When Alexis was first born I took great pains to keep the number of photos between the two girls that I posted roughly even. You know, as could be drawn from a statistical random sample with zero bias. Totally normal, rational stuff.

After making the mistake of taking too few DSLR photos and too many iPhone photos of Nicole in her first year, I overcompensated. My DSLR was never far from reach, and it was the first device that I reached for. It wasn’t long before I had only handful of iphone photos of Alexis. Chasing after Nicole, on the other hand, necessitated using the iphone more than the big clunky DSLR. Given that I prefer to post my DSLR photos on facebook, and my iphone photos on Instagram, I soon found myself in a constant state of unbalance on both accounts. I found myself stalking Alexis with my iphone, hoping to take a cute photo so I could share the one of Nicole from a few days ago and vice versa.

That’s nuts. So nuts that even I see it. Extra especially nuts when you consider that the two kids have different personalities and different amounts of love for the camera. If I was happy with DSLR photos of Alexis capturing her newness, and iPhone photos of Nicole of her boundless energy, why wasn’t that enough?

As Alexis grew the personality differences between Nicole and her became even more apparent.

Nicole loves having her photo taken just as much now just as much as she loved it then at that age. She looks forward to photo day at school. Her school has a couple of different photographers come throughout the year. Nicole’s favorite is the one who does the vintage style photos, complete with movie star chair, sunglasses and boa. She always asks to see the photo of herself on my phone, and has Favorited her favorites. (I have no idea where this self confidence and love for the center of attention came from, but I love it!) Alexis? Not so much. On their last school photo day the photographer opted not to do sibling photos of the girls together because Alexis was protesting too much. Nicole was pretty upset when he made that call, and even cried a little herself. She wasn’t content with just photos of herself, she wanted some with baby sister too!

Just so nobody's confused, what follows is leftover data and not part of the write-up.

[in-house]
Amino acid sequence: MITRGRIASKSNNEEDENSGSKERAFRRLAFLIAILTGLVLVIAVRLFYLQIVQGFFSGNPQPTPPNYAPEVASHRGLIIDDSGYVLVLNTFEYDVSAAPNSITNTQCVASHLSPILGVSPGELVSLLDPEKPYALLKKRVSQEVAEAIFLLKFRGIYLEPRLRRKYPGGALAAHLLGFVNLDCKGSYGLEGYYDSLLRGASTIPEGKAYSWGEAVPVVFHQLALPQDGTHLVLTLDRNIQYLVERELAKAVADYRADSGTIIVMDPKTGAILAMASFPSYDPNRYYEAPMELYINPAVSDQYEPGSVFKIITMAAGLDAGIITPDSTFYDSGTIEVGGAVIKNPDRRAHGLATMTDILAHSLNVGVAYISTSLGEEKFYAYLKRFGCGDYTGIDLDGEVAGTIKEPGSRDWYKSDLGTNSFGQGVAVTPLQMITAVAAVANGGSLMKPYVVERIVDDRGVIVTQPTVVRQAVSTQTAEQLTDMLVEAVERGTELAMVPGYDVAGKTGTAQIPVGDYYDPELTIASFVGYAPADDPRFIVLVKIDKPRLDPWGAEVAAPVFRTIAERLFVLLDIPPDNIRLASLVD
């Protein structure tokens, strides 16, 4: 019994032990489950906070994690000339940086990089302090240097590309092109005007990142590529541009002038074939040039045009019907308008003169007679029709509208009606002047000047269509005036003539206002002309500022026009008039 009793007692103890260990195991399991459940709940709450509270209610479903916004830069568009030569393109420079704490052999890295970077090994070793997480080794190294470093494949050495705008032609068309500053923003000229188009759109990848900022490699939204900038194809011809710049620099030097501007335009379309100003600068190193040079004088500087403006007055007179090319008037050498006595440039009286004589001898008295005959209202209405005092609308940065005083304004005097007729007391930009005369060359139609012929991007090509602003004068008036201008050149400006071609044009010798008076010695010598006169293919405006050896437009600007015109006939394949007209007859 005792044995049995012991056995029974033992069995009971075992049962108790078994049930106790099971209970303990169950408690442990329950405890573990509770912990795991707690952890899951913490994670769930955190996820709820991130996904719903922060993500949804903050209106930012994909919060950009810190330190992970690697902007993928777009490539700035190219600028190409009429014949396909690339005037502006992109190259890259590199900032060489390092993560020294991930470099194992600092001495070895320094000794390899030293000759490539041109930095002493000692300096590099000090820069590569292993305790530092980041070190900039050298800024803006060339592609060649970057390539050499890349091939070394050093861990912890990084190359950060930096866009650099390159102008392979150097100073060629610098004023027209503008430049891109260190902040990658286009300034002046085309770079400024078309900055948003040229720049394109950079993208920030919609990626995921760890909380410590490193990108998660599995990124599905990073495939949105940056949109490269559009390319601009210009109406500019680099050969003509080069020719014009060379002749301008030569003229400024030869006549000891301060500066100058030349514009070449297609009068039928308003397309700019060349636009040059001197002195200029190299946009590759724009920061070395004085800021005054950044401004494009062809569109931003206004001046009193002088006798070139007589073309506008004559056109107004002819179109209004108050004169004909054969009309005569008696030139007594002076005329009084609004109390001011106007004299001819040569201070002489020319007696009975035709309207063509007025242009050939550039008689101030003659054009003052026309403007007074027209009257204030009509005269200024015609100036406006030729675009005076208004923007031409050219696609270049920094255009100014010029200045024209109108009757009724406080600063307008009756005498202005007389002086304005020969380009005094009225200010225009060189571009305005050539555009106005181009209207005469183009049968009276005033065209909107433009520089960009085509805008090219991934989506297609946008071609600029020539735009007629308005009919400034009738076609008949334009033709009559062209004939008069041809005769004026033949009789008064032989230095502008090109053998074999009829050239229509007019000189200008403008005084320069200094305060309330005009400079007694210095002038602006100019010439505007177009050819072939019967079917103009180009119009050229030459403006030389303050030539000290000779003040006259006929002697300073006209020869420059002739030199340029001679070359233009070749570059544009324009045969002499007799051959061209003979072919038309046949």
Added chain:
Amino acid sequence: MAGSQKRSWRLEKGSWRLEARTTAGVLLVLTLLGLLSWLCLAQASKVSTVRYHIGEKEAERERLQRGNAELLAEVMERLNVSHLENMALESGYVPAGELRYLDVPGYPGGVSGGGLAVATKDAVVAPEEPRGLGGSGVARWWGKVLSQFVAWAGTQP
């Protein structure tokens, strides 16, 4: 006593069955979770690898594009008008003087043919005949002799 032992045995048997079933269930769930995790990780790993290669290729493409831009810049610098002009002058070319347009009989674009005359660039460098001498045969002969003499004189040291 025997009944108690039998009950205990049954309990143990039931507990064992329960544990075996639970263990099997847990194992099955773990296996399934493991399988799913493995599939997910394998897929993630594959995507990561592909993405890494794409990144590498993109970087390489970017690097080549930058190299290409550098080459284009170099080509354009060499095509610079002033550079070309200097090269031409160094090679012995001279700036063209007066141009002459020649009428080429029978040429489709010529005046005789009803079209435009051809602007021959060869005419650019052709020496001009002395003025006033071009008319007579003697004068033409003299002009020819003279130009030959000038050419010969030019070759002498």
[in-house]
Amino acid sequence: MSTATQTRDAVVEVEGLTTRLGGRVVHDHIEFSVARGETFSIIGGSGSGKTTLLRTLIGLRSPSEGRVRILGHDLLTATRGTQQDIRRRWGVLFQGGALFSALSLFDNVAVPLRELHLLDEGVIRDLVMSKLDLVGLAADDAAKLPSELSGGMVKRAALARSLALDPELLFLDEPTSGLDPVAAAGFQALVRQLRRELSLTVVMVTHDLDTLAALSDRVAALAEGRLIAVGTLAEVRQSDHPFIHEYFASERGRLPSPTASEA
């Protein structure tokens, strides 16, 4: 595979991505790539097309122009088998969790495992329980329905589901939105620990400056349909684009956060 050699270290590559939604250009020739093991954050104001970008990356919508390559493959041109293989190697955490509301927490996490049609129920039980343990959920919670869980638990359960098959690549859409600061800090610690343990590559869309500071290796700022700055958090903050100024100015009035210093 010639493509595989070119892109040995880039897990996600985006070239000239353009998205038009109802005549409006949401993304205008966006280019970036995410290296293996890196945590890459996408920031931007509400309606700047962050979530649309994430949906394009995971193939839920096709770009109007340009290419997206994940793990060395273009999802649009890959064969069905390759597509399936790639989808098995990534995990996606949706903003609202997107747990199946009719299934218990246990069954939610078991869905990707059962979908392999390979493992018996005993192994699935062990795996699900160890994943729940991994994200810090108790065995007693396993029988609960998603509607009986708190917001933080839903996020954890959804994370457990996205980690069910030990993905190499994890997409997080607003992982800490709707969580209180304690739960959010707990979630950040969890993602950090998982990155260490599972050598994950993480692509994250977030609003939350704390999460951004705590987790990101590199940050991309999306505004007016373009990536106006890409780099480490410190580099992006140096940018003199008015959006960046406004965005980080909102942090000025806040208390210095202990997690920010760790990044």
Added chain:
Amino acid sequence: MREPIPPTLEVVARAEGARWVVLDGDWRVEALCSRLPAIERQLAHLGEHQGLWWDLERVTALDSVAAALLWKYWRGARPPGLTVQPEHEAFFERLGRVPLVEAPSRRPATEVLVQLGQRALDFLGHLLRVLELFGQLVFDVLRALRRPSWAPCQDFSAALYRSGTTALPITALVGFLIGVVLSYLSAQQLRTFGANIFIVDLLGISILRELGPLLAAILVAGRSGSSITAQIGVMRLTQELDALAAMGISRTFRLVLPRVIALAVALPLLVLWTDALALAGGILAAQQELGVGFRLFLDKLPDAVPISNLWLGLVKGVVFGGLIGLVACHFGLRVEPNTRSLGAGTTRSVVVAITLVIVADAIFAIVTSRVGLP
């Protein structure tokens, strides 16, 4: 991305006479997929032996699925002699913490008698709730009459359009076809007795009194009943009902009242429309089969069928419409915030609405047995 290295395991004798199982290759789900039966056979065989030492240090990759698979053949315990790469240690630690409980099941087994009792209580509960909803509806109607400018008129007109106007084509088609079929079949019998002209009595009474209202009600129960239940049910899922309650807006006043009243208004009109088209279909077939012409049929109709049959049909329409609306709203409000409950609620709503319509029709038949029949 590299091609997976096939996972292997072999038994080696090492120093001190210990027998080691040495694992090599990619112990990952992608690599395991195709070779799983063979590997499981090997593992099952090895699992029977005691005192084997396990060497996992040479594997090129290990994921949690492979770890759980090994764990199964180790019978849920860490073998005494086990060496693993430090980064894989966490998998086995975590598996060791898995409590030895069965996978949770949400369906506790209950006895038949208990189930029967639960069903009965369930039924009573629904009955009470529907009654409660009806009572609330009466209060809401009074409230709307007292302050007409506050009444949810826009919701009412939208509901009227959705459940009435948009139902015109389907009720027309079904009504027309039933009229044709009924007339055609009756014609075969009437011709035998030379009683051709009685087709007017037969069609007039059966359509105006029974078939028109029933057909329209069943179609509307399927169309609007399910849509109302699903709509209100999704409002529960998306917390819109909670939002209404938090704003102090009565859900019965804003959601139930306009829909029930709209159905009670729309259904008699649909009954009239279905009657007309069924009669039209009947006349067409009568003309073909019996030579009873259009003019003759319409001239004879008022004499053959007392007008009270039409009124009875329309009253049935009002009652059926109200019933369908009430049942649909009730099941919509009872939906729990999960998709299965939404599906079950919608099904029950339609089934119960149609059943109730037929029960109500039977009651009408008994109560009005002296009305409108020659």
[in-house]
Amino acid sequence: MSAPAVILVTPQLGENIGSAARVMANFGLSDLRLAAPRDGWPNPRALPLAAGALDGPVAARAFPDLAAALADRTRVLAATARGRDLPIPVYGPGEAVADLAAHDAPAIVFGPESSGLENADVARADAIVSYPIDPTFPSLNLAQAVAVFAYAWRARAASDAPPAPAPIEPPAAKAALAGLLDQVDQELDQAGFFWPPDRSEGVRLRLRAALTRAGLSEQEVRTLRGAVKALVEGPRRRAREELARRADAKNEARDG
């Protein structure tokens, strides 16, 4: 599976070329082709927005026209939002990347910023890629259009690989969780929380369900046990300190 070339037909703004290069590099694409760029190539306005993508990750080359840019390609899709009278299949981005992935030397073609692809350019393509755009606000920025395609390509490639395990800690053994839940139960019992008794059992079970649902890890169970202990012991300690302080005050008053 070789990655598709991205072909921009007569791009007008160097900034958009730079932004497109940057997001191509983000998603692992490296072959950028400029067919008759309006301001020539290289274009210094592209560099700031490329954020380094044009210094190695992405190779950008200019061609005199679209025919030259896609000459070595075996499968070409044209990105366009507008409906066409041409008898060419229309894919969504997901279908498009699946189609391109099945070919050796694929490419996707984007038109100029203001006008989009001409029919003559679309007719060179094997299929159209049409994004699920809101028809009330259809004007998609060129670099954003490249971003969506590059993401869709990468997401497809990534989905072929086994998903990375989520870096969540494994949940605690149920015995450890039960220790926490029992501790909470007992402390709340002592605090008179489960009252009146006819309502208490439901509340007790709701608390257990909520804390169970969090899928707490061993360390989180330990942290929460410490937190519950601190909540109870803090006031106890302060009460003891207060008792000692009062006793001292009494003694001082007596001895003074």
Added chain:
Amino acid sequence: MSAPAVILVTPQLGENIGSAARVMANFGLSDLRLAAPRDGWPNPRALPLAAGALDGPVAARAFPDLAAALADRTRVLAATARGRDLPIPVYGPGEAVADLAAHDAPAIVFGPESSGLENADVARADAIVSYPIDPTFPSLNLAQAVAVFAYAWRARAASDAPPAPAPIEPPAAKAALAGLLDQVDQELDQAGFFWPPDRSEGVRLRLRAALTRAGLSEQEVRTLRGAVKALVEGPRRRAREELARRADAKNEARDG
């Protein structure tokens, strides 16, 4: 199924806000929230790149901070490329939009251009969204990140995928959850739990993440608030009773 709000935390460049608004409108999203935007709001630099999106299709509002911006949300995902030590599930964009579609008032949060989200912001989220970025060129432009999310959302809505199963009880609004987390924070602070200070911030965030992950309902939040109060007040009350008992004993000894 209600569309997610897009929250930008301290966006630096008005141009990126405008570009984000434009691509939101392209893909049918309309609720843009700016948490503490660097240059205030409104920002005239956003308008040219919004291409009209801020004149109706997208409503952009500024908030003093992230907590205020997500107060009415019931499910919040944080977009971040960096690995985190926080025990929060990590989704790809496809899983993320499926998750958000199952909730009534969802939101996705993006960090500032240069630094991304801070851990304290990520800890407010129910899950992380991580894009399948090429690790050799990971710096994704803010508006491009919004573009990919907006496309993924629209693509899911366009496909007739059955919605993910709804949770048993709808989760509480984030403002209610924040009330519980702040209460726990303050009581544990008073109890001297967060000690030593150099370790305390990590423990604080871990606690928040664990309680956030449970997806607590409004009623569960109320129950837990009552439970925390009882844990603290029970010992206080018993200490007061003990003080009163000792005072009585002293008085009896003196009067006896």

Alexis tolerates the camera better when I’m the person on the other side of it. She doesn’t mind a quick game of peak a boo with the camera. I’ve learned how to get a smile out of her by turning it into a game. Yet even with me she’s less inclined to enjoy getting dressed up or playing with props. I get short bursts of smiles and then she’s ready to move on to the next activity.

So I’m making a promise to myself, not to try and pretend both girls are exactly the same and not to worry that they aren’t. I love them for who they are, and shouldn’t try and jam them into the same mold. Let Nicole dominate my Instagram and Alexis my facebook. I will stop worrying about how that looks to others.

October 2, 2015

Focusing on the Formalities

It was bound to happen eventually. I’ve been picking up my camera so often that I felt my interest began to wane a little. I was beginning to feel like I was taking the same photos over, and over, and over again. I love the photo journalistic style, but after awhile of filming the same sets of subjects, in the same settings, it starts to feel very repetitive. I needed a new challenge.

alexisspotlight
Alexis in the spotlight, only this time achieved with an open window and not a desk lamp.

As luck would have it, I’m also shy of formal photos of Alexis. Turns out when you no longer have the two to one parent photographer to child subject ratio, the two man strategy of baby photography doesn’t work so well. It’s much easier to take photos of Alexis doing normal baby things (crawling, playing, cruising) than to worry about any kind of posing.

Challenge accepted.

I ended up using nap time to gather backdrops & props. I like to set Alexis down on the crib mattress instead of the rug directly, as the mattress helps keep the backdrop smoother than the rug does. There is a potential rolling hazard, so I mostly like to keep Alexis in a sitting position for formal photos. If she drops to her belly, I drop the camera. Once on my foot. Apparently that’s hilarious if you haven’t reached your first birthday yet.

The trade-off in pursuing formal photos is there’s less time for the photo journalistic slice of life photos I tend to take. That’s less photos to choose from for her baby book, and milestone posts. I think I am okay with that as long as ‘less’ doesn’t translate to ‘none’, and I capture the emerging skills like crawling and walking. I know I’m very happy with the above photo.